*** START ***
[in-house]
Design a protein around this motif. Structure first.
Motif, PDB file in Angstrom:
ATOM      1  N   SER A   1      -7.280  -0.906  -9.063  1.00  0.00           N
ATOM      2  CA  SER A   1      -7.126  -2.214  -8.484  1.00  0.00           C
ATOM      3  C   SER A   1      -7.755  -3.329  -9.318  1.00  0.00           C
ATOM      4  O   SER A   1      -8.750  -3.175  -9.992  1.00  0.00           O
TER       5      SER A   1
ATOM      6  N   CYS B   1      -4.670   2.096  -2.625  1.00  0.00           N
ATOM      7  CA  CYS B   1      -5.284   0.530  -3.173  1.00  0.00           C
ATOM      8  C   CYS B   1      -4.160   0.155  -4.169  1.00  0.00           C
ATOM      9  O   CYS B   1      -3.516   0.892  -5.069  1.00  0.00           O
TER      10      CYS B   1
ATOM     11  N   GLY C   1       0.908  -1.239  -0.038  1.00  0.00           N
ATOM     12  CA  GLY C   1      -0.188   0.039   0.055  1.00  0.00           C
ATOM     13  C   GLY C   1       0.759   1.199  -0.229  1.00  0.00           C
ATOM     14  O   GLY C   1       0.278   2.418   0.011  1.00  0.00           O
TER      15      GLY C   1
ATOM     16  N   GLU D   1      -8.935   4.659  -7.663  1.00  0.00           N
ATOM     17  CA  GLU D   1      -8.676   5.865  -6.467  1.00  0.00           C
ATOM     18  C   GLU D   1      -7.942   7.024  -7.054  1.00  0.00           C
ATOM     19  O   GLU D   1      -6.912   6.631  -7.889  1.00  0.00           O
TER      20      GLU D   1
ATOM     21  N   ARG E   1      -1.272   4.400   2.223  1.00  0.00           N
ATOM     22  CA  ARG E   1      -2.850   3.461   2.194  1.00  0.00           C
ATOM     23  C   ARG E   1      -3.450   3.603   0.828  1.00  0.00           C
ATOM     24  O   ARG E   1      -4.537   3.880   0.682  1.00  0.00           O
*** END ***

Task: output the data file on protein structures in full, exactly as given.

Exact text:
[in-house]
Design a protein around this motif. Structure first.
Motif, PDB file in Angstrom:
ATOM      1  N   SER A   1      -7.280  -0.906  -9.063  1.00  0.00           N
ATOM      2  CA  SER A   1      -7.126  -2.214  -8.484  1.00  0.00           C
ATOM      3  C   SER A   1      -7.755  -3.329  -9.318  1.00  0.00           C
ATOM      4  O   SER A   1      -8.750  -3.175  -9.992  1.00  0.00           O
TER       5      SER A   1
ATOM      6  N   CYS B   1      -4.670   2.096  -2.625  1.00  0.00           N
ATOM      7  CA  CYS B   1      -5.284   0.530  -3.173  1.00  0.00           C
ATOM      8  C   CYS B   1      -4.160   0.155  -4.169  1.00  0.00           C
ATOM      9  O   CYS B   1      -3.516   0.892  -5.069  1.00  0.00           O
TER      10      CYS B   1
ATOM     11  N   GLY C   1       0.908  -1.239  -0.038  1.00  0.00           N
ATOM     12  CA  GLY C   1      -0.188   0.039   0.055  1.00  0.00           C
ATOM     13  C   GLY C   1       0.759   1.199  -0.229  1.00  0.00           C
ATOM     14  O   GLY C   1       0.278   2.418   0.011  1.00  0.00           O
TER      15      GLY C   1
ATOM     16  N   GLU D   1      -8.935   4.659  -7.663  1.00  0.00           N
ATOM     17  CA  GLU D   1      -8.676   5.865  -6.467  1.00  0.00           C
ATOM     18  C   GLU D   1      -7.942   7.024  -7.054  1.00  0.00           C
ATOM     19  O   GLU D   1      -6.912   6.631  -7.889  1.00  0.00           O
TER      20      GLU D   1
ATOM     21  N   ARG E   1      -1.272   4.400   2.223  1.00  0.00           N
ATOM     22  CA  ARG E   1      -2.850   3.461   2.194  1.00  0.00           C
ATOM     23  C   ARG E   1      -3.450   3.603   0.828  1.00  0.00           C
ATOM     24  O   ARG E   1      -4.537   3.880   0.682  1.00  0.00           O